However this isn’t a comprehensive list (nor does it constitute medical advice) so it is important to always check with a medical professional before beginning treatment.
- Do not use on any parts of the body that are swollen, injured or inflamed
- Do not use on a child under the age of 8
- Do not use if you are not sensitive to heat
- Do not use if you may not be able to react to over-heating (e.g. diabetics, persons with skin changes related to illness or persons with scarred skin in the area where the pad is to be applied)
- Do not use when under the influence of drugs or alcohol
How much do heating pads cost?
Heating pads vary hugely in cost, from just a few dollars for a disposable heat pad, right up to a high end product that could be as much as $1500. Most heat pads on average, seem to sit around the $50 to $200 mark.
So heat looks like a great option for many different conditions, and with such a variety of products to select from, what are you waiting for!
- Ingraham, P. (2020). Heat for Pain and Rehab [Online]. http://PainScience.com. Available from: https://www.painscience.com/articles/heating.php [Accessed 13 October 2021]. ↩
- Ingraham, P. (see footnote 1) ↩
- Landau, M. (2020). 10 Home Remedies to Relieve Menstrual Cramps [Online]. Everyday Health. Available from: https://www.everydayhealth.com/treatment/womens-health/ways-to-relieve-period-cramps/ [Accessed 13 October 2021]. ↩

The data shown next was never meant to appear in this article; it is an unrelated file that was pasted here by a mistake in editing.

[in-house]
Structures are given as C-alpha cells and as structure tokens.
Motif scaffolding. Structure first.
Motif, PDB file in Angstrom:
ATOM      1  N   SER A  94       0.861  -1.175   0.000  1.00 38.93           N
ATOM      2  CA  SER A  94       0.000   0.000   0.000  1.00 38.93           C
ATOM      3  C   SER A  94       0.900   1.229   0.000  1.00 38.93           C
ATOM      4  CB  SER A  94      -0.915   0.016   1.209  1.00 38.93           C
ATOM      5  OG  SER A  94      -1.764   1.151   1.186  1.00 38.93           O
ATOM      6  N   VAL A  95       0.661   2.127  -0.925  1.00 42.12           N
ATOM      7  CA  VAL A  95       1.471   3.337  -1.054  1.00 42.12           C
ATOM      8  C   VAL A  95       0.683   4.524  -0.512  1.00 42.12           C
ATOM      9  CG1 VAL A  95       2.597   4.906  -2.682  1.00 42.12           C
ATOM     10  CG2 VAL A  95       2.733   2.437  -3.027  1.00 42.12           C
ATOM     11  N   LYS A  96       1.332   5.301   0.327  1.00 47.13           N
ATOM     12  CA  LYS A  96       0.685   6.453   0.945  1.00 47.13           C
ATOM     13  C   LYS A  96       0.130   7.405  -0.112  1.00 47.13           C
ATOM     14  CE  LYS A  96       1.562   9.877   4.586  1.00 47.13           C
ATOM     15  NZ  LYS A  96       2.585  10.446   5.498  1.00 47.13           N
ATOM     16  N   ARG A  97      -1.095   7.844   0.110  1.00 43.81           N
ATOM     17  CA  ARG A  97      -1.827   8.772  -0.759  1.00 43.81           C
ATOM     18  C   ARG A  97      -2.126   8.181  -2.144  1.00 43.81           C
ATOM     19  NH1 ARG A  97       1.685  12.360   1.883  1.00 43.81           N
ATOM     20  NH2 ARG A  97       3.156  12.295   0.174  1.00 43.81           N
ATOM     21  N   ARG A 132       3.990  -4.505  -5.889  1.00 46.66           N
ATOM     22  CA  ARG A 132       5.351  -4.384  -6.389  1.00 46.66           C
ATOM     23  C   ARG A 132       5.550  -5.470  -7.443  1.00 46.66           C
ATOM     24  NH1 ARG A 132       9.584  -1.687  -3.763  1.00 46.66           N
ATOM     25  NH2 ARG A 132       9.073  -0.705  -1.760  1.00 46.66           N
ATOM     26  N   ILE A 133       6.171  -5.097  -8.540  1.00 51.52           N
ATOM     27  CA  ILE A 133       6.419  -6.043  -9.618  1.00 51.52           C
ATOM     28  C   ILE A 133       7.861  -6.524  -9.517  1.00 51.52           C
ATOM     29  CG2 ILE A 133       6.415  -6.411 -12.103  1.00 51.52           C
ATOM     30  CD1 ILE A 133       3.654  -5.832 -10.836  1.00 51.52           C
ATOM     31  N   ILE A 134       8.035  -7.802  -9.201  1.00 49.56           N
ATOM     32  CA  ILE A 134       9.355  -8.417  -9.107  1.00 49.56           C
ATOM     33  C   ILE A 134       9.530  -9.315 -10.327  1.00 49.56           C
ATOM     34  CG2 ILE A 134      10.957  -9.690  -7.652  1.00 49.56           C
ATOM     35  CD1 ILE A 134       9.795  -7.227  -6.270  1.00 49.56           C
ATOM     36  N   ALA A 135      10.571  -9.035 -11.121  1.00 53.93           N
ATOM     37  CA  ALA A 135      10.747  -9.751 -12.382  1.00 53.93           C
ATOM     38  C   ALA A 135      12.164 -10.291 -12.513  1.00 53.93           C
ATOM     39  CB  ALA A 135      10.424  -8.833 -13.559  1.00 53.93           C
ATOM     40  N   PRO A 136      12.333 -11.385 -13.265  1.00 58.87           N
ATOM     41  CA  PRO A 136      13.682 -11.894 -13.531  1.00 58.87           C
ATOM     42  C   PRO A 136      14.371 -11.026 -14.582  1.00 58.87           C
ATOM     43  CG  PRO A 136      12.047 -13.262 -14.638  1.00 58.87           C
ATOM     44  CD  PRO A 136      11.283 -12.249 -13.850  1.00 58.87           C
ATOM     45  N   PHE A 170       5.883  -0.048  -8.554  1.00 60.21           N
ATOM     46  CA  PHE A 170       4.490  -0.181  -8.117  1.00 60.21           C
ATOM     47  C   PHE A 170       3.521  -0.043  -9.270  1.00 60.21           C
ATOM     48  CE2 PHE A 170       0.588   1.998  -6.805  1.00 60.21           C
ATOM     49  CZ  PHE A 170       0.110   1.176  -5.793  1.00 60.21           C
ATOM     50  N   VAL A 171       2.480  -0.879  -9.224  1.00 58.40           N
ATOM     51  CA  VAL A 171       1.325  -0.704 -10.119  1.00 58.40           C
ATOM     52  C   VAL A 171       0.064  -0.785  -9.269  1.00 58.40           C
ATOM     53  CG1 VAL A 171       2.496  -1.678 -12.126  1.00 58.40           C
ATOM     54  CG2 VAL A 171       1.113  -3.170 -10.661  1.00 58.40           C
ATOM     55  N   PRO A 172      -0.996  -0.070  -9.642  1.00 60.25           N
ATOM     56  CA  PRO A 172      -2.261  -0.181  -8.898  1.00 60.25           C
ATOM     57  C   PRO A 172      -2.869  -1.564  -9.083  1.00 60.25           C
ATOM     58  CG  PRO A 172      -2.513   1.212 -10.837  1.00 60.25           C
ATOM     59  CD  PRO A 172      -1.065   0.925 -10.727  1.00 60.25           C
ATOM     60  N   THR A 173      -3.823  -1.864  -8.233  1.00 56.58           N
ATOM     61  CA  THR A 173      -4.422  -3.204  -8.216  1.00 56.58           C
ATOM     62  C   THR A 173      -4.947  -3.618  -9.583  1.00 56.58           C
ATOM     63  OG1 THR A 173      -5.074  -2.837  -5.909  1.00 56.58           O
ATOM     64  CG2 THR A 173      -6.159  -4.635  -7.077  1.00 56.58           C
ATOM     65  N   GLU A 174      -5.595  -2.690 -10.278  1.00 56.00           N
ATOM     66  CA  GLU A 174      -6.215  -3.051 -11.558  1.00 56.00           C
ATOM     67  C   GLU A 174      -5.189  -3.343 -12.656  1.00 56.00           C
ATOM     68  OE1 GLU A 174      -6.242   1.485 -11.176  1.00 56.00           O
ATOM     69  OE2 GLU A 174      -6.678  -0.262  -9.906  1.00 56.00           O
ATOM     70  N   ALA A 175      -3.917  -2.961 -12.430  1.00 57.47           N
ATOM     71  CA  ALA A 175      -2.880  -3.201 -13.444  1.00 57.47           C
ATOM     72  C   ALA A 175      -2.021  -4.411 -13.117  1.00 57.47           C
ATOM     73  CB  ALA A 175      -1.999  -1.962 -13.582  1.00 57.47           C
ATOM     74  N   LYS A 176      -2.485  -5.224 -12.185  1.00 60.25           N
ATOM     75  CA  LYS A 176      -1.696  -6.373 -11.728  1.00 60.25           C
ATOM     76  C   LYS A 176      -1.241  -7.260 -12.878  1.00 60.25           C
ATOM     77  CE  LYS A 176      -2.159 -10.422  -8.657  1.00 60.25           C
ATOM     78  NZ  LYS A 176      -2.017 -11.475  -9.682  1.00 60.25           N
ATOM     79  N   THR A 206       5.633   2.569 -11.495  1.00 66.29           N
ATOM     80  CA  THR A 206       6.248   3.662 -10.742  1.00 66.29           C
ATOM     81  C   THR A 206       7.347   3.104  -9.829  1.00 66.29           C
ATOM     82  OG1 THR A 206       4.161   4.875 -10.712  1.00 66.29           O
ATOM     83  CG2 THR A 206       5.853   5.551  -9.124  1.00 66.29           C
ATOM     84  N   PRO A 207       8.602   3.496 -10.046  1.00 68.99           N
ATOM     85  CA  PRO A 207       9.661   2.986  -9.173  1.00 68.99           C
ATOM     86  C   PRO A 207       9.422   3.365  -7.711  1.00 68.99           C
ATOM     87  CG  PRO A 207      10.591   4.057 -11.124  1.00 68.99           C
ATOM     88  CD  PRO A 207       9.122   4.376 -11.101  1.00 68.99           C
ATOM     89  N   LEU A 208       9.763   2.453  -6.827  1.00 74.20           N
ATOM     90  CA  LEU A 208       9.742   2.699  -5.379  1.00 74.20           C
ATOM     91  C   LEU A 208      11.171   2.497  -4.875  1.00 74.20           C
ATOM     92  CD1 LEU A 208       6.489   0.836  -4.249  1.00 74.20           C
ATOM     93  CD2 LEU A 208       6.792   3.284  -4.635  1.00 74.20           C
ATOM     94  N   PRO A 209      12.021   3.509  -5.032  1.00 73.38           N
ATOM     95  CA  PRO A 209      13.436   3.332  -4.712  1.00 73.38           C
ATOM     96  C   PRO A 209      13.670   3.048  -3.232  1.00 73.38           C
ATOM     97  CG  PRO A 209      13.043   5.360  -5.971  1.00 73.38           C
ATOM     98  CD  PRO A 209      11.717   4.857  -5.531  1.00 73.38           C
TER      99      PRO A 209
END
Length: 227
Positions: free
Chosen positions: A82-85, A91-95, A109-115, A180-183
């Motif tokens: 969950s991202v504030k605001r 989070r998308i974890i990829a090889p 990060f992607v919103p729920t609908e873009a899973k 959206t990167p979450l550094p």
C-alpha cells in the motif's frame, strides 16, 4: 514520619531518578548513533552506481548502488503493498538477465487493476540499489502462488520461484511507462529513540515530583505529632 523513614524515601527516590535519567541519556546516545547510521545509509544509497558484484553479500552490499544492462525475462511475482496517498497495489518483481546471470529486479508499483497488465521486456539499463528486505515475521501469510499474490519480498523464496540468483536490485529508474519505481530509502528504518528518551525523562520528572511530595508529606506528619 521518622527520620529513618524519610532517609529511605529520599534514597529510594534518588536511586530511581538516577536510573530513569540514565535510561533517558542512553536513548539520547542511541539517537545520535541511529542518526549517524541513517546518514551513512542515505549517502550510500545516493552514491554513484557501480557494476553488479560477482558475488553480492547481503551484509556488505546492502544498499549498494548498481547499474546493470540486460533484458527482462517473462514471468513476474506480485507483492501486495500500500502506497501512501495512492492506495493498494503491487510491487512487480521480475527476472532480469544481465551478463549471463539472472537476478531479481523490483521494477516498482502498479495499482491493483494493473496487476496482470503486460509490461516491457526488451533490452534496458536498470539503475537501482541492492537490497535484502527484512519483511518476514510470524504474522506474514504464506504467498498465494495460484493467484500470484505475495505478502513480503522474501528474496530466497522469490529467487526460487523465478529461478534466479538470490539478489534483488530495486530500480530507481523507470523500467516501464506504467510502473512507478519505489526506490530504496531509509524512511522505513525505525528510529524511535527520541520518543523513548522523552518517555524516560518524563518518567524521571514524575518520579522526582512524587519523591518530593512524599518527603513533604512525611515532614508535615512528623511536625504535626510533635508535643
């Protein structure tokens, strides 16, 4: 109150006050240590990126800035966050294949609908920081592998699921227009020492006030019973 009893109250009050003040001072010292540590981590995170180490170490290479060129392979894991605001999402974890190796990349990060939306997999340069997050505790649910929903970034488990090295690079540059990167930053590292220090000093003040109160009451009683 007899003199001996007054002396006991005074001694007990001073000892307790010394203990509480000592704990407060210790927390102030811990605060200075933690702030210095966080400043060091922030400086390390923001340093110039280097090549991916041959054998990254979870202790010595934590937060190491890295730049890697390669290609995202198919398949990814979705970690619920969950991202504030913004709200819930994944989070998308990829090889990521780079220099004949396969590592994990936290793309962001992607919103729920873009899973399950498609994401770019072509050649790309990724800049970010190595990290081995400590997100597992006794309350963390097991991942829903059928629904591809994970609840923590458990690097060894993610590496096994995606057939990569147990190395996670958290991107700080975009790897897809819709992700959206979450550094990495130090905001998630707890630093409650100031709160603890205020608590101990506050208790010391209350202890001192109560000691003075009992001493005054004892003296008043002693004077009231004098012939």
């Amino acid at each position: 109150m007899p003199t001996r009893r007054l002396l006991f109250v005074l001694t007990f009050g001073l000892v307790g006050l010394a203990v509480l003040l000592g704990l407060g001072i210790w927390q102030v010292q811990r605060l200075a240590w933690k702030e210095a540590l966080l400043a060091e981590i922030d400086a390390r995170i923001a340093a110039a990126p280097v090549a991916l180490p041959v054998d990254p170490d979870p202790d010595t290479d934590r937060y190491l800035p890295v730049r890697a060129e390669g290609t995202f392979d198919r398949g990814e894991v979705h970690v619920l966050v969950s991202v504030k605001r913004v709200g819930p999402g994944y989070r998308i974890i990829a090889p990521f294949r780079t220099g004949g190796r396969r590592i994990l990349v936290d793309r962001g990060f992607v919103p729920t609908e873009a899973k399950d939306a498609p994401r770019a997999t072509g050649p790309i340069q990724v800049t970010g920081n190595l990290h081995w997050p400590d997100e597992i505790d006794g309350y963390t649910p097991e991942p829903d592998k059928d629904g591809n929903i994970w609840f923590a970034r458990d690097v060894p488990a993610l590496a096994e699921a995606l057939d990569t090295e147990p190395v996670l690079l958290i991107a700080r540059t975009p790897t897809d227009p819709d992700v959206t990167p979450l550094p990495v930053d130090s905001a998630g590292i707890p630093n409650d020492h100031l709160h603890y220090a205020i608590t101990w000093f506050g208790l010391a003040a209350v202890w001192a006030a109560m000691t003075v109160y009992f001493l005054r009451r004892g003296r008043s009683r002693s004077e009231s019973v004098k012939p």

- Kambach, B. (2015). Applying Heat vs. Cold to an Arthritic Joint [Online]. Arthritis Health. Available from: https://www.arthritis-health.com/treatment/alternative-treatments/applying-heat-vs-cold-arthritic-joint [Accessed 13 October 2021]. ↩
- Kambach, B. (see footnote 4) ↩
- Funiciello, M. (2019). How to Apply Heat Therapy for Your Sciatica Symptoms [Online]. Spine Health. Available from: https://www.spine-health.com/blog/how-apply-heat-therapy-your-sciatica-symptoms [Accessed 13 October 2021]. ↩
- King, T. (2021). Is it safe to use a heating pad for sore muscles during pregnancy? [Online]. Baby Center. Available from: https://www.babycenter.com/pregnancy/health-and-safety/is-it-safe-to-use-a-heating-pad-for-sore-muscles-during-preg_1245286 [Accessed 13 October 2021]. ↩
- Sambrook, J. (2016). Heat and Ice Treatment for Pain [Online]. Patient. Available from: https://patient.info/treatment-medication/painkillers/heat-and-ice-treatment-for-pain [Accessed 13 October 2021]. ↩